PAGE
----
By: Kelsey Paine
Before you got engaged, you and your partner probably already had some serious “life” talks, from where you’ll live to if and when you’ll start a family. Underlying these big-picture discussions, of course, is money, because in order to achieve any goal—both big and small—you need to take stock of what you have and how much you need to get there. In short, money is an unavoidable topic for all couples, and getting on the same page is crucial. This is especially true when you’re just beginning your lives together; you want to set good financial habits now, or you risk falling into bad routines that will stay with you throughout your marriage. We rounded up the money missteps many young couples make, along with sound strategies for avoiding them yourselves. Read on, and you’ll both be better prepared to take on whatever life throws your way—for richer or poorer.
Mistake #1: You’ve never discussed your spending habits or how much debt you have.
Too many couples avoid talking about money, including how much debt they carry, what they consider a big purchase, and how much is too much to spend on things like travel, clothes and gadgets. Sometimes this is because one person fears being judged; other times it’s just a lack of interest in personal finance. Either way, the first step in opening a dialogue is just asking each other a few questions: What was your family's attitude toward money while you were growing up? What are your short- and long-term financial goals? Where do you stand on opening joint accounts as opposed to keeping funds separate? Then talk numbers, and be as up front as possible. “It can create problems when one person is unaware of a debt or how much money is being spent if they pay for things together,” says Bre Romeo, a wealth management adviser for Fifth Third Bank. Plus, when it comes time to buy a house or a new car, your credit history will be revealed anyway, she says. “Get ahead of these conversations with your partner now, so there are no surprises later.”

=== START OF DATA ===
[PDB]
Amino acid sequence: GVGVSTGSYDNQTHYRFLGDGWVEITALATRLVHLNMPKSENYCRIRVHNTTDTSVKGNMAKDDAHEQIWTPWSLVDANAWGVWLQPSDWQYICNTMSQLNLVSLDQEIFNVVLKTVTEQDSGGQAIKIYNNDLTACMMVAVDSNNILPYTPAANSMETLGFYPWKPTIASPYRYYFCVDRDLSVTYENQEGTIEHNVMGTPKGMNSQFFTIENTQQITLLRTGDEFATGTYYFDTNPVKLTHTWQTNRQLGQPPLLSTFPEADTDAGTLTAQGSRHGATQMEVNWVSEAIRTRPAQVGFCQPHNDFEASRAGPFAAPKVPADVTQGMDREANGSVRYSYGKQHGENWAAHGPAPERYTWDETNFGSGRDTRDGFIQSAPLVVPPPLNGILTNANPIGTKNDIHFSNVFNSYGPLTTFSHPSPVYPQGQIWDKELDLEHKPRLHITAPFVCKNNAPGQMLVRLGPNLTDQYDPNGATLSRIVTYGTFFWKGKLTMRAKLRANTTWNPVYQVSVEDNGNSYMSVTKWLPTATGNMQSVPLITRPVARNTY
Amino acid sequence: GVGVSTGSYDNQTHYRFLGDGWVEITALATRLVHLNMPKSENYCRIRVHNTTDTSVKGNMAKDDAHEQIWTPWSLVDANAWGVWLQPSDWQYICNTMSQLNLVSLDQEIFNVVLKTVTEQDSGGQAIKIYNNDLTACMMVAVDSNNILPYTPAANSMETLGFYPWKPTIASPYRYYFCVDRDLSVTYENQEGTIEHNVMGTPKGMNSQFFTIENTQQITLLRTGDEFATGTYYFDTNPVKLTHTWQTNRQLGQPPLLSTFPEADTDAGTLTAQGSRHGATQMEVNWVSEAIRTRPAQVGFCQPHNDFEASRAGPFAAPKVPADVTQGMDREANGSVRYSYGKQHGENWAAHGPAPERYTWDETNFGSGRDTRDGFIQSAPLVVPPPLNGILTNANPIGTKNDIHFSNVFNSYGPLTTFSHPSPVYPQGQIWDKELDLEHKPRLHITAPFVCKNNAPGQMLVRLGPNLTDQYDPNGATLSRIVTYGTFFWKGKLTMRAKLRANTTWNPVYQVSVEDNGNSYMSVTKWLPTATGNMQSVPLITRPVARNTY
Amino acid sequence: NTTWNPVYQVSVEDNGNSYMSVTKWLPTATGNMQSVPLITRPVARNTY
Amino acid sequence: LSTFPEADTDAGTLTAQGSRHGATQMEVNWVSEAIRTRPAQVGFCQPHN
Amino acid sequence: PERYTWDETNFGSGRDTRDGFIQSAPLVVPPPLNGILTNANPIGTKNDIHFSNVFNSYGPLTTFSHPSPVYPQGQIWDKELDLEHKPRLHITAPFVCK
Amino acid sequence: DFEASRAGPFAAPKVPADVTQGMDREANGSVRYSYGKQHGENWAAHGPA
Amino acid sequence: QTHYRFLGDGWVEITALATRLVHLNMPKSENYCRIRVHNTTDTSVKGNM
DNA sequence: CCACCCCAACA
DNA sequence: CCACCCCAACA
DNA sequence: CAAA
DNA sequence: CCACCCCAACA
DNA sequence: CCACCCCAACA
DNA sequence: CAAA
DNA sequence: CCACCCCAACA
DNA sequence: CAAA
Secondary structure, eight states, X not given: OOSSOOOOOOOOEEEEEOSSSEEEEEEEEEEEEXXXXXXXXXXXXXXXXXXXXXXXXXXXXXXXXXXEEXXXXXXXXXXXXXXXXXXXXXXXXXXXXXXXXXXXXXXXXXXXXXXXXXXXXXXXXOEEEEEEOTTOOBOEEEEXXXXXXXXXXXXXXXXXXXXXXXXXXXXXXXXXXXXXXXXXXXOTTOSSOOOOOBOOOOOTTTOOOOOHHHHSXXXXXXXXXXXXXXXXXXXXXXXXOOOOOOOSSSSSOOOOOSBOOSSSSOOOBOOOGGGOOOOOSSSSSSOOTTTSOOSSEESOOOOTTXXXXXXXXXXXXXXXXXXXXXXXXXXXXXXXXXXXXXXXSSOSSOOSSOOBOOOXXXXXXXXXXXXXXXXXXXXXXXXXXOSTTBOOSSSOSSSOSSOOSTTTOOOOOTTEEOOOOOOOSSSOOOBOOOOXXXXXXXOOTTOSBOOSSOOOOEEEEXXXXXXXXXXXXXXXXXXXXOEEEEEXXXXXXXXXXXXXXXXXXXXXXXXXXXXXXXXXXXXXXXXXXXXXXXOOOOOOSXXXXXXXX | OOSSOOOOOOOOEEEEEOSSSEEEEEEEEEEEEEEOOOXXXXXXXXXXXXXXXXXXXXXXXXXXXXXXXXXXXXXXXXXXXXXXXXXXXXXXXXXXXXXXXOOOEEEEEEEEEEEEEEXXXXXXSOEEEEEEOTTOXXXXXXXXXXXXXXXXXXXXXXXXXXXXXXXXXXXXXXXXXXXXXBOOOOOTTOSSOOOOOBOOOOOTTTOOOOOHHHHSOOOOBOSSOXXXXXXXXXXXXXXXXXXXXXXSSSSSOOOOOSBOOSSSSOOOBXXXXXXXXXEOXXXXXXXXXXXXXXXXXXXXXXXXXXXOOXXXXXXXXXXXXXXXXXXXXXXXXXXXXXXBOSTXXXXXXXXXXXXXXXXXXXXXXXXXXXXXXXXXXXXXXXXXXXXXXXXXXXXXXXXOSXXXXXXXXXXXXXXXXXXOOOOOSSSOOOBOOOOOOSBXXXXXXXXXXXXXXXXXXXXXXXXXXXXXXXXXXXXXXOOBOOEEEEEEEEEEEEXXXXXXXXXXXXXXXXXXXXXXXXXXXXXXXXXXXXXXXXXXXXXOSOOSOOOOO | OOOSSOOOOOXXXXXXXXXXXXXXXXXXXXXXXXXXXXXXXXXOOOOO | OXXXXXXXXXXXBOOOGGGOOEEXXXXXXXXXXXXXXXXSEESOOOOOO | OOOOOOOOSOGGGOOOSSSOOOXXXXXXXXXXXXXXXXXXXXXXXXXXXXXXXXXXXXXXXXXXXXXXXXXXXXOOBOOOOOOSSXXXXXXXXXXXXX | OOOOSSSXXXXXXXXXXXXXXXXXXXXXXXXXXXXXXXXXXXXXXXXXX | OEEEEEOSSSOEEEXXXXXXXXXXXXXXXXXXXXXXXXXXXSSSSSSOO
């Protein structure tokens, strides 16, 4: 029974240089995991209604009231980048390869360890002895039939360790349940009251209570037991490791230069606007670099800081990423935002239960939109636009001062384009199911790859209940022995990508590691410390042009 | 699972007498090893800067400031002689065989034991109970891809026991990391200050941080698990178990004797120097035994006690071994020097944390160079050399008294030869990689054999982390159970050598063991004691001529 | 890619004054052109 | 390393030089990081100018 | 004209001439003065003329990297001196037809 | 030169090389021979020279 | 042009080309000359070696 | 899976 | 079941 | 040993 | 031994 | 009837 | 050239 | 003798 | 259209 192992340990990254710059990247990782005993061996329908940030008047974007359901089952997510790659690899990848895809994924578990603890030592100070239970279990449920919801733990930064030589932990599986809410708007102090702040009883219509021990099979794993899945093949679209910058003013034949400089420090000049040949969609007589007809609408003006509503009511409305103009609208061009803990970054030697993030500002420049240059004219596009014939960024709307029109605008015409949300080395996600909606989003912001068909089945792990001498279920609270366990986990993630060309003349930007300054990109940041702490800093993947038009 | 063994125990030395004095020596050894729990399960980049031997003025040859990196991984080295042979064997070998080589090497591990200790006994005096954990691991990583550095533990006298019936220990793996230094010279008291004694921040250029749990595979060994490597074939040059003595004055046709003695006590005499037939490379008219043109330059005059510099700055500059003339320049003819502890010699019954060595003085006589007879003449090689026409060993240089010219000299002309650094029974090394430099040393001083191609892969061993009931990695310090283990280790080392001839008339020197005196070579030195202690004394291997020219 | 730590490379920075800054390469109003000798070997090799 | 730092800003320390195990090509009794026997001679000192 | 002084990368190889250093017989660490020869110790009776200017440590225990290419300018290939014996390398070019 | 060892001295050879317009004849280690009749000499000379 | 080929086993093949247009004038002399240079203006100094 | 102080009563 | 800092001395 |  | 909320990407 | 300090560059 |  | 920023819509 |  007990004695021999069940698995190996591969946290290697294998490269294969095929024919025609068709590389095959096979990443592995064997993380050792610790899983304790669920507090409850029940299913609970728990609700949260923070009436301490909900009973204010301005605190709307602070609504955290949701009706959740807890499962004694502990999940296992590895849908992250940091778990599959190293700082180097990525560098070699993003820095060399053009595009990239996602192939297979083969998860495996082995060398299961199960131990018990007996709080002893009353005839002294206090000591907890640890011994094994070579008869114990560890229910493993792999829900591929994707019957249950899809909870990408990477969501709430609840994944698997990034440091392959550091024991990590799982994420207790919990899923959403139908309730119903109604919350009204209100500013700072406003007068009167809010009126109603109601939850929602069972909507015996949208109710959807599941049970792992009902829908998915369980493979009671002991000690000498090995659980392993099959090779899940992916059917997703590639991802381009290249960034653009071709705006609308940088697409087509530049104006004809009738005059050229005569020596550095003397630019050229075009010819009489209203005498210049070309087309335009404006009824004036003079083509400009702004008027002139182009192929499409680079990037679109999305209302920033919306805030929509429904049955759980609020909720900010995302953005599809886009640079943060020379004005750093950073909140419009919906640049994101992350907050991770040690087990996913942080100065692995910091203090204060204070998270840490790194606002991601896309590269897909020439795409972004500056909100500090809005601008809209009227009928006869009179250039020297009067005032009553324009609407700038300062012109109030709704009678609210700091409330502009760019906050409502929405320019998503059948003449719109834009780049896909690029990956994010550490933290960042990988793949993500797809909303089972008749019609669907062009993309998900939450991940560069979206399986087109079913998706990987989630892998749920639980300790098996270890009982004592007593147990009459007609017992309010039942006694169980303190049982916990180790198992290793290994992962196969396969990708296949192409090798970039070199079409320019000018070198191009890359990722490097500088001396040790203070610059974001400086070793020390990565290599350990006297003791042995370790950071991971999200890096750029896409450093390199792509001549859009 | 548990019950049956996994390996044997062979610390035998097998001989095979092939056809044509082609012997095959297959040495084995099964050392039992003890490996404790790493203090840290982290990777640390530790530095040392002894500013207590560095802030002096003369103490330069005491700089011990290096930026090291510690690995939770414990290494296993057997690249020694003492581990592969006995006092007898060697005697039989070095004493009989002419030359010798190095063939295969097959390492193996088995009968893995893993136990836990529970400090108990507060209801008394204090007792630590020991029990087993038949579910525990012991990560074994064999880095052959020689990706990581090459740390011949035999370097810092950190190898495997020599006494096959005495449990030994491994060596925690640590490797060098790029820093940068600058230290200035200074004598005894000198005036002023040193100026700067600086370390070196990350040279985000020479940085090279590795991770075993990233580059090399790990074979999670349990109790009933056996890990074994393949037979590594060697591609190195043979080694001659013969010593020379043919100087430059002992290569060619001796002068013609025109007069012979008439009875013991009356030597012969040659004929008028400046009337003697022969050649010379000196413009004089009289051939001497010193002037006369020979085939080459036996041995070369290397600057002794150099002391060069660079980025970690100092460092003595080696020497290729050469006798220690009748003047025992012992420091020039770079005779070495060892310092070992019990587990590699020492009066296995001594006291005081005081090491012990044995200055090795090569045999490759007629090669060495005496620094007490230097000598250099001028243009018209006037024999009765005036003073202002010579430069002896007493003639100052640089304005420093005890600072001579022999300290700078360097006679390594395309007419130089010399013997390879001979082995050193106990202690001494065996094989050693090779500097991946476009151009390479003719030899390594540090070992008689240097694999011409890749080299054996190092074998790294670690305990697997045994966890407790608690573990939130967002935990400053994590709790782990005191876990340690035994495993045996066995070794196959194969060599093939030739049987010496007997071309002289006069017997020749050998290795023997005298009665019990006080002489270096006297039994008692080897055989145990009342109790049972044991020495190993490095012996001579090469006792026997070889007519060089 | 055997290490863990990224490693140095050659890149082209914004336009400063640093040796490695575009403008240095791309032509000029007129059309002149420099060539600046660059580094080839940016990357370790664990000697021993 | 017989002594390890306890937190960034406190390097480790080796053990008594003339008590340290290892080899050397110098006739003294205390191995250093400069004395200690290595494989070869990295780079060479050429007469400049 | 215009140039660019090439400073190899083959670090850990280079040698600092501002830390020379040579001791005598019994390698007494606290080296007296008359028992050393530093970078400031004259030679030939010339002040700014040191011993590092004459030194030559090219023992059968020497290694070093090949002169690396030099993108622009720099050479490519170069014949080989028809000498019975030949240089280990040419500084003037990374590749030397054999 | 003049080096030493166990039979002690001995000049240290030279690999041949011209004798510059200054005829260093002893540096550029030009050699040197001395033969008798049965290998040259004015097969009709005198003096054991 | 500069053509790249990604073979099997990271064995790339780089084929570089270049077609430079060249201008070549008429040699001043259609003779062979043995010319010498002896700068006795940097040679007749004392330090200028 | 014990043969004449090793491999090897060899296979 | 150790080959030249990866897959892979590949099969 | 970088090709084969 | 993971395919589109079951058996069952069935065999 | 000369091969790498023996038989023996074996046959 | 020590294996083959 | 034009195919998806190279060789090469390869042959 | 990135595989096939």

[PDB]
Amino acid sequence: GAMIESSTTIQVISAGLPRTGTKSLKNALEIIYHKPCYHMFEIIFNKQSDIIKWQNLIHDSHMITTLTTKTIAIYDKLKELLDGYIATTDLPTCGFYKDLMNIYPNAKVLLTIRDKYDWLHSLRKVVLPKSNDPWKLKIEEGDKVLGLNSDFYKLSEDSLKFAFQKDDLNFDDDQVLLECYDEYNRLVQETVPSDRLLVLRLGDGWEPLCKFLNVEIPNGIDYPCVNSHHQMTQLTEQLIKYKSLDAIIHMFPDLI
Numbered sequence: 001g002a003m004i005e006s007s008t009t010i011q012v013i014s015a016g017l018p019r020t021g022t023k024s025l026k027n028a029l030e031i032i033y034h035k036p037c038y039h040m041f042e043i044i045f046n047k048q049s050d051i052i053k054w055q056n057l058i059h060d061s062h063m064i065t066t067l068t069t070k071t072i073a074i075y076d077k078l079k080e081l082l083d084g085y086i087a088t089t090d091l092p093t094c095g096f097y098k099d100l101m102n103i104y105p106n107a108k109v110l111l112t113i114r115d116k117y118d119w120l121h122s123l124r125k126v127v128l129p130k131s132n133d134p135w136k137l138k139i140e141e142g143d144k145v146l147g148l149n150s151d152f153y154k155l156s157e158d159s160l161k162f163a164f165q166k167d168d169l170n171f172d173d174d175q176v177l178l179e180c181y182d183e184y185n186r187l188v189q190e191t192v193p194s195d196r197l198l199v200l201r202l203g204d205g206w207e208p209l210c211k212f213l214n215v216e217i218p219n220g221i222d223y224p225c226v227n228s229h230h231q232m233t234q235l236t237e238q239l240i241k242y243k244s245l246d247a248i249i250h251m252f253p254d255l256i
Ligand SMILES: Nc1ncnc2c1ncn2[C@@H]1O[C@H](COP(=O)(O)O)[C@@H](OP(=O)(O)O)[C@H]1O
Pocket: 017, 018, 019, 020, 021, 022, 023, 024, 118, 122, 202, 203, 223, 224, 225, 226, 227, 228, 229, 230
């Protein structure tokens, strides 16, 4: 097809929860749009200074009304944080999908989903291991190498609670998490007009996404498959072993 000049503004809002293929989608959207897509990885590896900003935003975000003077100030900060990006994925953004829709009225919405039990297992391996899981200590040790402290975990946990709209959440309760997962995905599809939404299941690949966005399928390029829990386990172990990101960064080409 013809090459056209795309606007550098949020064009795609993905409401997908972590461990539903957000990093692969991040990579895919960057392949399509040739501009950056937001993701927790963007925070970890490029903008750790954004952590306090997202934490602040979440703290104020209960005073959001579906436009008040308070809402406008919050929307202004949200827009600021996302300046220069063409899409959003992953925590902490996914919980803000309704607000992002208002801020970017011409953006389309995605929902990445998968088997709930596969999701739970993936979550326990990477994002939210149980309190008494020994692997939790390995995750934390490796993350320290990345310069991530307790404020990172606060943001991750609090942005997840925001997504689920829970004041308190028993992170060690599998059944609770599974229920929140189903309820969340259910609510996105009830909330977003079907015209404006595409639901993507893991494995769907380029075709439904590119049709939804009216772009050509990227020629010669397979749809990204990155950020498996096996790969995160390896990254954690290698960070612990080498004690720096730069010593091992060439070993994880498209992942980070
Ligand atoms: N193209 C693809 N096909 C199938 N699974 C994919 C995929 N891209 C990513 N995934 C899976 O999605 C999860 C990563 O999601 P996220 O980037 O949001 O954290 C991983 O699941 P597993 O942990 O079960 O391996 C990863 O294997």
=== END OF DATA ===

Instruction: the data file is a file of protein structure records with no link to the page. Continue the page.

Mistake #2: You haven’t set a budget, much less stuck to one.
Make it a priority to sit down and create a monthly budget together. Even if your attitudes toward money are on opposite ends of the spectrum, it’s important to agree to a basic blueprint for spending and saving. Romeo suggests the 50/30/20 approach, where 50 percent of income goes to necessities, 30 percent is earmarked as “fun money” to spend however you like, and 20 percent gets deposited to savings and investment accounts. Organize your finances with spreadsheets or free apps; Fifth Third’s puts all of your accounts in one place to give you an idea of where your income is going and help you create specific budgets. From there, make adjustments as necessary to keep you on track. For specific goals—like saving up for a dream vacation to Australia—Fifth Third Bank offers a goal-setting savings account*, which actually pays you a bonus when you reach your target. As for who’s doing what, Romeo likes the idea of appointing a household CFO, but emphasizes the need for both of you to understand and feel included in family finances. “There may be one person who is actively paying the bills, but that person should not be the ‘bill and budget police,’” she says. “Otherwise, both sides may build resentment. Household financial decisions should be made jointly.”
Mistake #3: Your rainy-day fund is pretty much nonexistent.